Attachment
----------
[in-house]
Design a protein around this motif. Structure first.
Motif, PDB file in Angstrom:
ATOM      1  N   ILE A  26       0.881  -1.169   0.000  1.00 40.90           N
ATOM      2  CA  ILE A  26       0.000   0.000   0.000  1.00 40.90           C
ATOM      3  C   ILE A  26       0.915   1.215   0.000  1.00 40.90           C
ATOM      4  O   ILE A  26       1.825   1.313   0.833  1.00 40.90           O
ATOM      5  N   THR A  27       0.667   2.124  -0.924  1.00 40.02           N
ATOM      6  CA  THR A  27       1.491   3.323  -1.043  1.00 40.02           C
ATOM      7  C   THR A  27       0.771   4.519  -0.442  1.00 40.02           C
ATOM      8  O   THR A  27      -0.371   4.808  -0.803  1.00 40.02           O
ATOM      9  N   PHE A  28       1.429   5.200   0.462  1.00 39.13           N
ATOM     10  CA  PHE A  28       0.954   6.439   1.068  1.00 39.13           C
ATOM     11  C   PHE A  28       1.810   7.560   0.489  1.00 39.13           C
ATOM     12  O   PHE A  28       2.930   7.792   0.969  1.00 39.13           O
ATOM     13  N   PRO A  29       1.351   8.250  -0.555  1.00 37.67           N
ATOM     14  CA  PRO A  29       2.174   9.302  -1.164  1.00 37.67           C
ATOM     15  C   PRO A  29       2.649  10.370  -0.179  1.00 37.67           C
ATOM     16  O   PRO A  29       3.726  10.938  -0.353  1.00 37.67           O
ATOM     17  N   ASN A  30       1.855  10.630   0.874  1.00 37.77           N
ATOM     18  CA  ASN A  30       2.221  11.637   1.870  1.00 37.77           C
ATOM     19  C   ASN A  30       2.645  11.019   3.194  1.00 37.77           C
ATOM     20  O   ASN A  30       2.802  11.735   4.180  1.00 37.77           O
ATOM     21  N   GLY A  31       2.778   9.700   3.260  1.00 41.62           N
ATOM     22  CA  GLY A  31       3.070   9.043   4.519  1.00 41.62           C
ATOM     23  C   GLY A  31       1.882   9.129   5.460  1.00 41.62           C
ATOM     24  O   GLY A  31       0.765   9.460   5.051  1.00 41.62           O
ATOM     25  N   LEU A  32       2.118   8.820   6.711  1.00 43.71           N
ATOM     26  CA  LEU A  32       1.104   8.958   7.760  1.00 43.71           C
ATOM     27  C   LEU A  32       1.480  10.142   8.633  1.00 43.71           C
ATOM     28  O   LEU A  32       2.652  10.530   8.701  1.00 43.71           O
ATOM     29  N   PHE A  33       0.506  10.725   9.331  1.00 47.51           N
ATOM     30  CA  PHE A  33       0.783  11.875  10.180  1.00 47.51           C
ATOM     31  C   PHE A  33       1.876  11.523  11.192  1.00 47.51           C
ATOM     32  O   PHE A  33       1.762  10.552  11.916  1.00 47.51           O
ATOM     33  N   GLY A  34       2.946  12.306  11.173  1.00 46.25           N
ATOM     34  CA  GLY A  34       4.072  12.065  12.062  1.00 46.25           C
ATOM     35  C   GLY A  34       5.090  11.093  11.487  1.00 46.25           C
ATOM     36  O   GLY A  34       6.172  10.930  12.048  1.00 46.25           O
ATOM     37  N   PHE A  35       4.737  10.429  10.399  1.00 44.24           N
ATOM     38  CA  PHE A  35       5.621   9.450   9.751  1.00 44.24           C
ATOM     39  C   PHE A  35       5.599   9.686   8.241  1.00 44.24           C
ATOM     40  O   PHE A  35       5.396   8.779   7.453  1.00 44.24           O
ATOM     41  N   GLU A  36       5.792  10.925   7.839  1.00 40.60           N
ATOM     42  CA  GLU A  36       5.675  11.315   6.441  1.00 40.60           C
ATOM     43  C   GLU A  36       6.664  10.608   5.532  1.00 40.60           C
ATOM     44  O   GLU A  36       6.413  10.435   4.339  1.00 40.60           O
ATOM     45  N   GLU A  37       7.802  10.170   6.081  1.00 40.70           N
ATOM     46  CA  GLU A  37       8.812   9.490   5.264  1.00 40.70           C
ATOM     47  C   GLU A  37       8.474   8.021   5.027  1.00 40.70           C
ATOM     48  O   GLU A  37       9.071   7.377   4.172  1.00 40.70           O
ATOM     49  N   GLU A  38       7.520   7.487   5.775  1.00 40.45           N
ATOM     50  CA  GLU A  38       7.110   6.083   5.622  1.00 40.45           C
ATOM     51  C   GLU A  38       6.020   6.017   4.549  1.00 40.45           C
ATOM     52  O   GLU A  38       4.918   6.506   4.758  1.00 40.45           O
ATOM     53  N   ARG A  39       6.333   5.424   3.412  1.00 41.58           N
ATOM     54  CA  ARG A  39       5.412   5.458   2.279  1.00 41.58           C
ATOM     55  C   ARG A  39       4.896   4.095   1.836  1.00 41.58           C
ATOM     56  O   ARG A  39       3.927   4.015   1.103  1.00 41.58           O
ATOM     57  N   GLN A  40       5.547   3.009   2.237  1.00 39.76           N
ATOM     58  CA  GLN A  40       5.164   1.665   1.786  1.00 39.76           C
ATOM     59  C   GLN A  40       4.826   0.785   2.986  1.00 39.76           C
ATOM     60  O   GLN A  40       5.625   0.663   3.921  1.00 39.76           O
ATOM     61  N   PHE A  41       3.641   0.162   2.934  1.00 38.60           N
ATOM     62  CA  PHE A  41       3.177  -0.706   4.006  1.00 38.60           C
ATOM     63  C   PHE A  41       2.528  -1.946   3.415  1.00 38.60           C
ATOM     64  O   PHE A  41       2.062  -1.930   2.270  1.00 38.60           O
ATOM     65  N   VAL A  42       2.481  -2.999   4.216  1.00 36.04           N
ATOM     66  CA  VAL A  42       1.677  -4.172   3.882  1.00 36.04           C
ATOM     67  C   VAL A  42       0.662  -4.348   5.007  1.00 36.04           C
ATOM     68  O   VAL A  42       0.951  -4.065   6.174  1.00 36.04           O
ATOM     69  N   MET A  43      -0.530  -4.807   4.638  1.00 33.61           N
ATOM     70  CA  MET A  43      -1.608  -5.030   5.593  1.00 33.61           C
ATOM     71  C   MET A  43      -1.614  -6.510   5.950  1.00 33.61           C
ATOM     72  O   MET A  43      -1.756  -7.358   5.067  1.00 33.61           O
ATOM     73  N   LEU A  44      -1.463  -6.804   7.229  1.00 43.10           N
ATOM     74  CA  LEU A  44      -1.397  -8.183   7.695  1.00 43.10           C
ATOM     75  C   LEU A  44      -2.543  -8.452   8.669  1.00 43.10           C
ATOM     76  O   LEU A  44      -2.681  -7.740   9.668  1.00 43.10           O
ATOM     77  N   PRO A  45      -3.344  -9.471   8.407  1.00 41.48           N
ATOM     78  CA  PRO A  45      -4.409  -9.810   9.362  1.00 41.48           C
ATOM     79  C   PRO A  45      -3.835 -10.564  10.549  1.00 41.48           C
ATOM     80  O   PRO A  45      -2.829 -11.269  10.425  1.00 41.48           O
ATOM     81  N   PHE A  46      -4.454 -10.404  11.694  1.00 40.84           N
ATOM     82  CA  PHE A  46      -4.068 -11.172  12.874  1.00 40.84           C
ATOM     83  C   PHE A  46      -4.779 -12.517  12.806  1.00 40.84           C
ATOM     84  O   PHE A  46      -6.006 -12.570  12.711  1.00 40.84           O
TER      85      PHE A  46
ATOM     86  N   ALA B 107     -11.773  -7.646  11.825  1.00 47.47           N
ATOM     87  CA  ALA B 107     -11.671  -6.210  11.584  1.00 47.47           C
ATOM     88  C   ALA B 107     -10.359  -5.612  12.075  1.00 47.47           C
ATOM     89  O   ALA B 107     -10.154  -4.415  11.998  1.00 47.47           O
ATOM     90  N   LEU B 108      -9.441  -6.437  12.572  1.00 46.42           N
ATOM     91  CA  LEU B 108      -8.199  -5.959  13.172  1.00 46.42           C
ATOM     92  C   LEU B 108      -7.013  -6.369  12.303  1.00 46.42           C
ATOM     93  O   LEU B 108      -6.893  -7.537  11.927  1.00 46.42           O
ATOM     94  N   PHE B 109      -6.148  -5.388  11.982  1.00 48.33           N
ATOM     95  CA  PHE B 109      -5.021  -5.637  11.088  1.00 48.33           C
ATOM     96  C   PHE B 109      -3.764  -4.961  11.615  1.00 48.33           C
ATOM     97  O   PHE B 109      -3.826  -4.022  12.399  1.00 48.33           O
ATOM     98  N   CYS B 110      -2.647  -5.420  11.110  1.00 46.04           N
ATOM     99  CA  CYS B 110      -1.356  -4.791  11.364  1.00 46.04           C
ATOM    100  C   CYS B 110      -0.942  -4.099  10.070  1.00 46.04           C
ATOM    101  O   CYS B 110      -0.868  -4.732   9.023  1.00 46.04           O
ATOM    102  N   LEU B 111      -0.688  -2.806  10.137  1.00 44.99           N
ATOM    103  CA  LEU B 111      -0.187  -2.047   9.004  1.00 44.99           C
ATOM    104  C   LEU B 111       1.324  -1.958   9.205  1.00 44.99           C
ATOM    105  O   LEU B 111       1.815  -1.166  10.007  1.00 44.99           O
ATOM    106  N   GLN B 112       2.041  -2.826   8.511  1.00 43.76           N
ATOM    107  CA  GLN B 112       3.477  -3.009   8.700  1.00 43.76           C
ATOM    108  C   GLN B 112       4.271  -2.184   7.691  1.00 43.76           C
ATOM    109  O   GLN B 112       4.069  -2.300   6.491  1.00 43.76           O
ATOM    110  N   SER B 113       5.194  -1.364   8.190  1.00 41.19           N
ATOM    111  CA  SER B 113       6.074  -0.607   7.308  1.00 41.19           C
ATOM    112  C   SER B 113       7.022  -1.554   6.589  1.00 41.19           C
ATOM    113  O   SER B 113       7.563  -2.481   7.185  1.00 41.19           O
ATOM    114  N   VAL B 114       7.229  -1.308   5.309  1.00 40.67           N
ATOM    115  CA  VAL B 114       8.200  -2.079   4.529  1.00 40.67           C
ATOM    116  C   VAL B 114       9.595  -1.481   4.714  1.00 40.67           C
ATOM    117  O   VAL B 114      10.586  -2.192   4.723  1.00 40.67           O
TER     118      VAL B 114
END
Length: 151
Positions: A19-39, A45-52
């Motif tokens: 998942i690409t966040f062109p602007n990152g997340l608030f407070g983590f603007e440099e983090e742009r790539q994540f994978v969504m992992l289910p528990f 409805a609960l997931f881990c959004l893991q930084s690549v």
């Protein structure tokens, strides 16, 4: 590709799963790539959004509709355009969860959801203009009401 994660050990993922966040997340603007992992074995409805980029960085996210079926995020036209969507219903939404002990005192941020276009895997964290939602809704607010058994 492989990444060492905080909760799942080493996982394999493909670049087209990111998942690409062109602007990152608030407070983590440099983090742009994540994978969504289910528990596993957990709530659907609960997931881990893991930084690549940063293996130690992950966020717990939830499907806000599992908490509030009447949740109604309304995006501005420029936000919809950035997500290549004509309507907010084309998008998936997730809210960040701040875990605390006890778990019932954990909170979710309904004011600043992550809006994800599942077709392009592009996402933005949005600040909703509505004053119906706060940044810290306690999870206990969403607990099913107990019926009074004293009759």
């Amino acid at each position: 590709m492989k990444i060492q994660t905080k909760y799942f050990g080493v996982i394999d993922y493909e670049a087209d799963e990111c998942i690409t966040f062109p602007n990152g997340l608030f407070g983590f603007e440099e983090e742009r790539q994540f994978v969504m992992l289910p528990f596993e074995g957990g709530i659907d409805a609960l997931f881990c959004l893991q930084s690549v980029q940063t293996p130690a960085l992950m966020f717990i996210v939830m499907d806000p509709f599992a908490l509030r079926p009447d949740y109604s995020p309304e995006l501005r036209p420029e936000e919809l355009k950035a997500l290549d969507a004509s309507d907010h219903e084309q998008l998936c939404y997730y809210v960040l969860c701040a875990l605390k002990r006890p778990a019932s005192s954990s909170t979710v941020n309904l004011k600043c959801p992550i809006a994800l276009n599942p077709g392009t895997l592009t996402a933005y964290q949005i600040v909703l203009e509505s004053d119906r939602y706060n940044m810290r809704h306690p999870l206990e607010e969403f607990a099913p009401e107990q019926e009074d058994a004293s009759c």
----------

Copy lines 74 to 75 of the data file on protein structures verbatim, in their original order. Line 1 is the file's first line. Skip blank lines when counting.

ATOM     71  C   MET A  43      -1.614  -6.510   5.950  1.00 33.61           C
ATOM     72  O   MET A  43      -1.756  -7.358   5.067  1.00 33.61           O